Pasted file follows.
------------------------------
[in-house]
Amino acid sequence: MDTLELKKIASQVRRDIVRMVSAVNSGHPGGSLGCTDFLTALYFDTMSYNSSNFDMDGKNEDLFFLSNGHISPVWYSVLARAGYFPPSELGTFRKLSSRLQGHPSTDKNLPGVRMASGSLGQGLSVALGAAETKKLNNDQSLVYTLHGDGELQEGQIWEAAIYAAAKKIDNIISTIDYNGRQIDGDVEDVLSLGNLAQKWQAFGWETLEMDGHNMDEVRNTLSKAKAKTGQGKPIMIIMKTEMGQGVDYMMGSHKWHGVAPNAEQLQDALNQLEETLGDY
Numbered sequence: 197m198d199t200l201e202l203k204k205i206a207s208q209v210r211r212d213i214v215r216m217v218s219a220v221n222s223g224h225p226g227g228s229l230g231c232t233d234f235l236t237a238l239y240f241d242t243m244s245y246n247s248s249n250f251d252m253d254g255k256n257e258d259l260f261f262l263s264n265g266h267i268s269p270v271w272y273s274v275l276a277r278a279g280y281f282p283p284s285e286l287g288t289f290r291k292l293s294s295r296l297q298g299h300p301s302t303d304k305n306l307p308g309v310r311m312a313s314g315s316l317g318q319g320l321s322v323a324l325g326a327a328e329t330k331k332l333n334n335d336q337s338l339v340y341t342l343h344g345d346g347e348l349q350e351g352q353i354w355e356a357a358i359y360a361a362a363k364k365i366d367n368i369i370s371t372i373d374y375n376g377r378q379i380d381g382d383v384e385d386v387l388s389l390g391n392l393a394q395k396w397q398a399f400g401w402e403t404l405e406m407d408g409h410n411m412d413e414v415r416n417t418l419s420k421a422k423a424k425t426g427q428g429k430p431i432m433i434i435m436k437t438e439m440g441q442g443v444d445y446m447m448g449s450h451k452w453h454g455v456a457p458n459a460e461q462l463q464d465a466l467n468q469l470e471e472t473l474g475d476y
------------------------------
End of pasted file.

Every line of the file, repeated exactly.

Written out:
[in-house]
Amino acid sequence: MDTLELKKIASQVRRDIVRMVSAVNSGHPGGSLGCTDFLTALYFDTMSYNSSNFDMDGKNEDLFFLSNGHISPVWYSVLARAGYFPPSELGTFRKLSSRLQGHPSTDKNLPGVRMASGSLGQGLSVALGAAETKKLNNDQSLVYTLHGDGELQEGQIWEAAIYAAAKKIDNIISTIDYNGRQIDGDVEDVLSLGNLAQKWQAFGWETLEMDGHNMDEVRNTLSKAKAKTGQGKPIMIIMKTEMGQGVDYMMGSHKWHGVAPNAEQLQDALNQLEETLGDY
Numbered sequence: 197m198d199t200l201e202l203k204k205i206a207s208q209v210r211r212d213i214v215r216m217v218s219a220v221n222s223g224h225p226g227g228s229l230g231c232t233d234f235l236t237a238l239y240f241d242t243m244s245y246n247s248s249n250f251d252m253d254g255k256n257e258d259l260f261f262l263s264n265g266h267i268s269p270v271w272y273s274v275l276a277r278a279g280y281f282p283p284s285e286l287g288t289f290r291k292l293s294s295r296l297q298g299h300p301s302t303d304k305n306l307p308g309v310r311m312a313s314g315s316l317g318q319g320l321s322v323a324l325g326a327a328e329t330k331k332l333n334n335d336q337s338l339v340y341t342l343h344g345d346g347e348l349q350e351g352q353i354w355e356a357a358i359y360a361a362a363k364k365i366d367n368i369i370s371t372i373d374y375n376g377r378q379i380d381g382d383v384e385d386v387l388s389l390g391n392l393a394q395k396w397q398a399f400g401w402e403t404l405e406m407d408g409h410n411m412d413e414v415r416n417t418l419s420k421a422k423a424k425t426g427q428g429k430p431i432m433i434i435m436k437t438e439m440g441q442g443v444d445y446m447m448g449s450h451k452w453h454g455v456a457p458n459a460e461q462l463q464d465a466l467n468q469l470e471e472t473l474g475d476y